Intuitive Eating Food Journal

Intuitive Eating Food Journal

Intuitive Eating Food JournalIn the past I’ve written about how you should not track things like macros or calories if you are working on intuitive eating.  I absolutely stand by that assertation, however there are some things that could be useful to track with intuitive eating.  An intuitive eating food journal can be as simple as keeping track of whether you ate when you were hungry or not hungry.  It could also be more complicated, tracking not only levels of hunger but also satiety, foods consumed (foods only–no calories or macros), feelings leading to overeating, physical sensations related to the foods eaten, etc.

Those of us who are recovering from any type of eating disorder could easily fall into continuing the unhealthy patterns by taking tracking too seriously and counting calories.  However, tracking just the foods you ate and whether you were physically hungry or not when you ate them can actually be beneficial.  This type of tracking can help you ensure that you are eating only when hungry, provide you a resource to look back on to identify trouble areas and help you work through your feelings when you are struggling to eat or avoid overeating.

Some tips to help you keep an intuitive eating food journal:

1. Track your level of hunger for each meal and snack. Use a simple scale from 1 to 5 with 1 being famished, 3 being moderately hungry and 5 being full.  Aim to eat when you feel like a 3 as much as possible.

2. Track the satiety that each meal provided.  Use as smiley face to indicate that you felt satisfied with the meal and a frowning face to indicate that you did not feel satisfied by what you ate.

3. Write down each food as soon as possible after eating without assigning a caloric or macro value to the food.  This will help ensure that you are not eating mindlessly and forgetting about it.  If you are attempting to make a healthy change in your diet, it will also help you visualize how healthy your diet is overall.

4. If you are having feelings, including boredom, that are influencing your decision to eat (or not), write them down.  Are you snacking on potato chips while you watch TV or reaching for chocolate every time you get stressed out at work?  Writing down the feelings and taking 10 minutes to reflect on it before deciding whether to have that snack can not only help you cope with your feelings in a healthy way, but it can provide you some much needed time to let the cravings and feelings pass without acting on them.  This can also help you identify and work on any troubling patterns with emotional eating.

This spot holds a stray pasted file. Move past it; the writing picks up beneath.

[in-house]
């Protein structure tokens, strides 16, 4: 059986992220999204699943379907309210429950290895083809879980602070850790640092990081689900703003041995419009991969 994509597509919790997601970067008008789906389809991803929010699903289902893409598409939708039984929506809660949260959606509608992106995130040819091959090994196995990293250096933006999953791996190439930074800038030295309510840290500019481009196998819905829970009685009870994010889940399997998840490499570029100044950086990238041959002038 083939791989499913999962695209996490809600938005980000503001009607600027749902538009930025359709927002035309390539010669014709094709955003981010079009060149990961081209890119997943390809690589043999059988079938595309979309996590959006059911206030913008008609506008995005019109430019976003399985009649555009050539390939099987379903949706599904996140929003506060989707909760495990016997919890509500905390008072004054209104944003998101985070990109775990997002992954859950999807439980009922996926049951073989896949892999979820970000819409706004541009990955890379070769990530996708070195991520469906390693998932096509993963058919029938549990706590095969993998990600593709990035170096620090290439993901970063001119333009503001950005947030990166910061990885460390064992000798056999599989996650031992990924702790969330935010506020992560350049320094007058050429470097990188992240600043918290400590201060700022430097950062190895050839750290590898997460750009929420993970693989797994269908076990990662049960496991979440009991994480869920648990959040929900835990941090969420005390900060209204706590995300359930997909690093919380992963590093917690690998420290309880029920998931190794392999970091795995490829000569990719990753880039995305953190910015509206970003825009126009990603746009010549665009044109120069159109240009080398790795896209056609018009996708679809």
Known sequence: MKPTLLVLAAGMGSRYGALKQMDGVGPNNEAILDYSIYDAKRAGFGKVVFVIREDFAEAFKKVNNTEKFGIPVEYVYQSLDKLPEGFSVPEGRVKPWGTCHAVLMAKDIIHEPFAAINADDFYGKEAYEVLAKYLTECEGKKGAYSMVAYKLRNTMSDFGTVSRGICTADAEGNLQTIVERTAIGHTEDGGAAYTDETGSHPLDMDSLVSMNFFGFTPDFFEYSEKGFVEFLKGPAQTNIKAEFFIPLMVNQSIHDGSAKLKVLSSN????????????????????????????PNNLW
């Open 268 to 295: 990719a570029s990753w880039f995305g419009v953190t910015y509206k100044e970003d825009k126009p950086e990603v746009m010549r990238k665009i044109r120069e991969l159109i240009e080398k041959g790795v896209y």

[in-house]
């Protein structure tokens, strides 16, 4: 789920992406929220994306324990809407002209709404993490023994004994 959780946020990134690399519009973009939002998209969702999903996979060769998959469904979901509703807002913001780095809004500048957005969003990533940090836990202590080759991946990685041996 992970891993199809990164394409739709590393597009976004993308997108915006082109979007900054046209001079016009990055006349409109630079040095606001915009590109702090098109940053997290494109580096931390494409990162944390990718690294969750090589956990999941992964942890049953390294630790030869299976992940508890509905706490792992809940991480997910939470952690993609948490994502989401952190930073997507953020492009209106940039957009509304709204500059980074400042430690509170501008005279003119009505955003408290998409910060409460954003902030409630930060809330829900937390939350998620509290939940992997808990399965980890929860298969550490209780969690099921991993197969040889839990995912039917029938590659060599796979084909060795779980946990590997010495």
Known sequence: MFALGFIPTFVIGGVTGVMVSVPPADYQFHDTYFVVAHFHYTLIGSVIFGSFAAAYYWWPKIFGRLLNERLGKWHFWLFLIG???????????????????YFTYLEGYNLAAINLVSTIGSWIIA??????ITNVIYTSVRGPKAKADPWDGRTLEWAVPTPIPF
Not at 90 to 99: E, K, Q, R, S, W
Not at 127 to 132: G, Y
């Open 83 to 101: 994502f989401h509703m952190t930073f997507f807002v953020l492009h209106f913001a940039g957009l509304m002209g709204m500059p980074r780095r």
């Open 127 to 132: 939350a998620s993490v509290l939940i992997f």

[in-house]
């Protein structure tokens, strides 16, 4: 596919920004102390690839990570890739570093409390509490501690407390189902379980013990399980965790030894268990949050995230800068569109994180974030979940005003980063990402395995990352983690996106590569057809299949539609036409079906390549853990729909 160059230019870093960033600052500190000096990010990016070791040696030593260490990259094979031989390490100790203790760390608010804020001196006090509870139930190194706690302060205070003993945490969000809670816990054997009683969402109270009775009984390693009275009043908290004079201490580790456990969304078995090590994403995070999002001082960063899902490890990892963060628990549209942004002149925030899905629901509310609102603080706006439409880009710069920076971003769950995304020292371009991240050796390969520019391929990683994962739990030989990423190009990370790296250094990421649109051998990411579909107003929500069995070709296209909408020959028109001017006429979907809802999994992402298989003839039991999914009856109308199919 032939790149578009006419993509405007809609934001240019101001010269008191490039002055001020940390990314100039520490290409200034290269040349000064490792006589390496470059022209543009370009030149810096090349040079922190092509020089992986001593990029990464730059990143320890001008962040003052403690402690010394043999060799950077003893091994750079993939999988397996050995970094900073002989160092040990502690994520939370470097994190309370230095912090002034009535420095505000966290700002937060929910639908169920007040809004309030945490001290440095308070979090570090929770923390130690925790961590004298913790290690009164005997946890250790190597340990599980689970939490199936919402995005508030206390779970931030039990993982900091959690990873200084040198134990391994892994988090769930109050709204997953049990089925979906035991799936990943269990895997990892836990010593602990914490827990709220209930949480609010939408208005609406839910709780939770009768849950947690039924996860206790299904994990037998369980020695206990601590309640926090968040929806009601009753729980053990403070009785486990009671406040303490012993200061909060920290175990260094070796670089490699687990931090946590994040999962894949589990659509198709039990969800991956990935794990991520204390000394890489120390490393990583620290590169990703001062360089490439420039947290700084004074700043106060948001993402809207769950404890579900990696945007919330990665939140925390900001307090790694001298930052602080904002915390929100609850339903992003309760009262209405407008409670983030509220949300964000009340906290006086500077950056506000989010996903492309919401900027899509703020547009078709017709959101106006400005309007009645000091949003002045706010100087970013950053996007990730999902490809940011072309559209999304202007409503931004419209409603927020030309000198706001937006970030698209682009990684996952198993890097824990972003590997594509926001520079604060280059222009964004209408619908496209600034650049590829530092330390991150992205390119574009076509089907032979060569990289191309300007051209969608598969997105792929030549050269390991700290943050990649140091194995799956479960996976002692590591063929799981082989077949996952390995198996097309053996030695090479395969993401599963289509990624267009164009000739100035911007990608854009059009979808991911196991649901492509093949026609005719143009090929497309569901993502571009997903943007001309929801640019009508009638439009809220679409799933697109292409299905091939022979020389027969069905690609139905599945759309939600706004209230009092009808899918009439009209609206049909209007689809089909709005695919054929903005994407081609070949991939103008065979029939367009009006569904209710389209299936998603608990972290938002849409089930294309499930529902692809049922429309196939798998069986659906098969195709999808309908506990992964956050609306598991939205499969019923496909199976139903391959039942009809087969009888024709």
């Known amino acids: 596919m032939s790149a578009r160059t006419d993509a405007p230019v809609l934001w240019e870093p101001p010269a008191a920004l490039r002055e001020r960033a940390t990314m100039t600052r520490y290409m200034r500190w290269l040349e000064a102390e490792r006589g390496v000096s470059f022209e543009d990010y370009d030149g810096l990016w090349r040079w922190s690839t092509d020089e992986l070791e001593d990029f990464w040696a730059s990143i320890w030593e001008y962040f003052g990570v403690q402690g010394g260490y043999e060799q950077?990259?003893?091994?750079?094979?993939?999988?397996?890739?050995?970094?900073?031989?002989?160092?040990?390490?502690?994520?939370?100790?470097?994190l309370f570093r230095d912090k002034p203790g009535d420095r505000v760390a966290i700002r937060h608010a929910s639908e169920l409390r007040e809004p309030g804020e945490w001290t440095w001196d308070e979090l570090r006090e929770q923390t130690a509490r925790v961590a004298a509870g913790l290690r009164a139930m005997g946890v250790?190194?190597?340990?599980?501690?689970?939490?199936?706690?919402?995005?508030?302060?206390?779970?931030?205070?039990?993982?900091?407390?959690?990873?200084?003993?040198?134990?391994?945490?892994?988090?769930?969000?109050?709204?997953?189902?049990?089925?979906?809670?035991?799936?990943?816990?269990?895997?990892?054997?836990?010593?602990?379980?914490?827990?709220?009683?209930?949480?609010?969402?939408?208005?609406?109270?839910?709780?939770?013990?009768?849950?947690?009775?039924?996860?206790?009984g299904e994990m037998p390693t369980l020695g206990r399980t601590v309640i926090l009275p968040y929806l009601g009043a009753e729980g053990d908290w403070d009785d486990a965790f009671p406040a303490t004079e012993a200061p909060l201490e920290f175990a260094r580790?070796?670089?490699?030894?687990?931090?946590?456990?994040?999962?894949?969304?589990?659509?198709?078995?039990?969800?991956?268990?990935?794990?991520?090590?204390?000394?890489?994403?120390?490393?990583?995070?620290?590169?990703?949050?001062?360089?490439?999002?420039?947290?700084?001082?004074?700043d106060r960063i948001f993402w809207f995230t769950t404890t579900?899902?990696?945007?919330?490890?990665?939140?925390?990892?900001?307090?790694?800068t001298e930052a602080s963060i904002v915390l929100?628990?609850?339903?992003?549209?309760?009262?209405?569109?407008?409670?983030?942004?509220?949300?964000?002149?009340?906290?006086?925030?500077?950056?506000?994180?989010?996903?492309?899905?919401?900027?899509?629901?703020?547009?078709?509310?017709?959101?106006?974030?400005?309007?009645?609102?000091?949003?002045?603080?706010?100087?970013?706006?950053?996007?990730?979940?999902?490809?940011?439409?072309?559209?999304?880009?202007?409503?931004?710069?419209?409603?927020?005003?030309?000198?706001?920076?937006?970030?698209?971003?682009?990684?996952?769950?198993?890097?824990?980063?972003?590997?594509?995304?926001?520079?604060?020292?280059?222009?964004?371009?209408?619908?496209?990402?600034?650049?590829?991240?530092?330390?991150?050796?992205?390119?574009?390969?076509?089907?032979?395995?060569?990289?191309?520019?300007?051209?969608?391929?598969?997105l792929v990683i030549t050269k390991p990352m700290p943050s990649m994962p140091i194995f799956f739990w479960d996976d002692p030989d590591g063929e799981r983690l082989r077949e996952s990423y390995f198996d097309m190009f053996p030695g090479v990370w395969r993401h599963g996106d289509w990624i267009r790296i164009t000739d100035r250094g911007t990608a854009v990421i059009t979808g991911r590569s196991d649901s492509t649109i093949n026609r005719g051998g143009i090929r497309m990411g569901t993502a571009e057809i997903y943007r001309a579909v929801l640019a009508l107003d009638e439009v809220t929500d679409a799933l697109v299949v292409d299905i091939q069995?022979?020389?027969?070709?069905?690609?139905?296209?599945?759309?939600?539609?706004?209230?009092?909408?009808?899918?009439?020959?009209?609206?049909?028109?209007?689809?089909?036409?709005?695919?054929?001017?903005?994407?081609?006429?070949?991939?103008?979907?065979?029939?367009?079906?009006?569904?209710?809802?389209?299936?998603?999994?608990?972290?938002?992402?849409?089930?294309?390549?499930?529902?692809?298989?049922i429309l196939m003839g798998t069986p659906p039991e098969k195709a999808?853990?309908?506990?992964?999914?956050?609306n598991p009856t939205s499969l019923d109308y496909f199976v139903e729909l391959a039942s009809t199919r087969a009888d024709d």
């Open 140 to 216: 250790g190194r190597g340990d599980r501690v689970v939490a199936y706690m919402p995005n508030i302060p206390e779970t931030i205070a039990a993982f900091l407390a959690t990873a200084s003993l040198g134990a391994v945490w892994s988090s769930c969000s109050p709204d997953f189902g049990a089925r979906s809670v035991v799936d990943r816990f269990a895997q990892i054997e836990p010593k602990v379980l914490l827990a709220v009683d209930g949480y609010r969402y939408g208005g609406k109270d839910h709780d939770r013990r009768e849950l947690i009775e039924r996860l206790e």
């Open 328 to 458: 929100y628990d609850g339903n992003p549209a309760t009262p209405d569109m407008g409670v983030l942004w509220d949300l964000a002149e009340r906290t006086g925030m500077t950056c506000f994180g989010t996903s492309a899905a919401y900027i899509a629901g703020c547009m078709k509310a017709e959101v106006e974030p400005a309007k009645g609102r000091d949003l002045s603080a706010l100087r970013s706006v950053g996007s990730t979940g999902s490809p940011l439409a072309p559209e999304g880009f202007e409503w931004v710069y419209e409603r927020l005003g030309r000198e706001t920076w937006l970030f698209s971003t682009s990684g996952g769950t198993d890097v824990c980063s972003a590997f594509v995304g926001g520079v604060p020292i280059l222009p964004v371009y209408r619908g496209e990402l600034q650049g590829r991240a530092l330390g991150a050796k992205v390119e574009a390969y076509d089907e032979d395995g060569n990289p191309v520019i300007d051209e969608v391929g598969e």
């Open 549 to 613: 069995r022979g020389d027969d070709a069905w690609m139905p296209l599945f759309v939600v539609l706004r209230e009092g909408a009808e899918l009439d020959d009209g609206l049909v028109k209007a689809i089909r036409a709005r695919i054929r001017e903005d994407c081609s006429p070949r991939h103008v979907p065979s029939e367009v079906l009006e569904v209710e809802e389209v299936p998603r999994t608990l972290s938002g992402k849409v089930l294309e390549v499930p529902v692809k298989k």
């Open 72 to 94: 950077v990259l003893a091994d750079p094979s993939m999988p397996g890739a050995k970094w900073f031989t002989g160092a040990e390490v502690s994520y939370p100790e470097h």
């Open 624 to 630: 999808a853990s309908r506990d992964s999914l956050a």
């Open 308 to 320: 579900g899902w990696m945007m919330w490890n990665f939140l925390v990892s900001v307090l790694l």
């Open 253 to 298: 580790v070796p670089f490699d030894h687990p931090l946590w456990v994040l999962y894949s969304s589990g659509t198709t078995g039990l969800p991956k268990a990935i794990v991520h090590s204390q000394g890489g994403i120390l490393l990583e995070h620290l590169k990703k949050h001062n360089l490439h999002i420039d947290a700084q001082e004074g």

5. Write down any physical sensations related to the food you ate.  This can help reinforce your resolve to avoid troubling situations in the future. For example, in a moment of emotional distress it can be difficult to remember that every time you binge eat your stomach hurts and you regret it after the fact.  Writing it down every time can help reinforce the idea in your mind.  If you are trying to make healthy changes in your diet, this can also help you identify food sensitivities and reinforce healthy choices.  For example, tracking every sugar crash can help you to cut back on sugar.

I have looked for a good food journal app and unfortunately, most of them include calorie or macro counting.  I suggest using a small paper intuitive eating food journal that can easily be taken anywhere in your purse.  This way, you won’t be tempted by a tracking app to count calories, you won’t be dependent on an internet connection, and I find that the physical act of actually writing it out helps make the journal feel more real.  You can use colored pens, writing unhealthy foods or strong emotions in red to call your attention to them later on when you review, and to make the entries feel more real and urgent in the moment.

Do you have any other tips for keeping an intuitive eating food journal?  Leave me a comment!

 

 

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